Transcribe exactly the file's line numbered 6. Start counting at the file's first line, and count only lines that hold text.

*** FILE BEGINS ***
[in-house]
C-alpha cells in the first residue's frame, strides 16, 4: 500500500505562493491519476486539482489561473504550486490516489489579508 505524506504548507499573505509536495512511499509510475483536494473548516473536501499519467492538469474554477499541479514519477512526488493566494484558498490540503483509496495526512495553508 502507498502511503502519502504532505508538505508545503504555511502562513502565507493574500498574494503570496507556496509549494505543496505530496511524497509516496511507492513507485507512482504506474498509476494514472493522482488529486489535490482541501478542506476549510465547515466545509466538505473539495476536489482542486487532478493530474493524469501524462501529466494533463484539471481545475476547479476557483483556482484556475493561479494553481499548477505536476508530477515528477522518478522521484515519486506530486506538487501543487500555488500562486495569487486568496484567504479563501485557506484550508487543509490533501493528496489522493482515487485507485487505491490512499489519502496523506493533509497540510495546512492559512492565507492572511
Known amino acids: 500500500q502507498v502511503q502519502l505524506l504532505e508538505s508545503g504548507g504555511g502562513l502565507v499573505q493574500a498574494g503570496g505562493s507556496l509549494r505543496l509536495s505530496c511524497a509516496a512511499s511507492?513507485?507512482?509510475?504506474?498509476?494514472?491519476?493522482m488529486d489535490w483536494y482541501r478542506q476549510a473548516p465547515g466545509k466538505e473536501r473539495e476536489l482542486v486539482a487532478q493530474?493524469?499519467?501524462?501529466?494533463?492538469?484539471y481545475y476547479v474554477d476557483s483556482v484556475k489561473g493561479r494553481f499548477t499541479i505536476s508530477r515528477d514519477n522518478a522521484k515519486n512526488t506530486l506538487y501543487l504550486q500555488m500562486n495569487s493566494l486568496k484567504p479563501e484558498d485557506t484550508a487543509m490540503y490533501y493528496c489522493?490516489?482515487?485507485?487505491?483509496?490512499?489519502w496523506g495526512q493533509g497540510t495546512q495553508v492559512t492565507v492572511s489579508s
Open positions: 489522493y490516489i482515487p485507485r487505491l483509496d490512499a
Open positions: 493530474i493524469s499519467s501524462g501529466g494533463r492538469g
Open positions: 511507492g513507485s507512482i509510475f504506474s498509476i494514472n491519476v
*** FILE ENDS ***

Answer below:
Open positions: 511507492g513507485s507512482i509510475f504506474s498509476i494514472n491519476v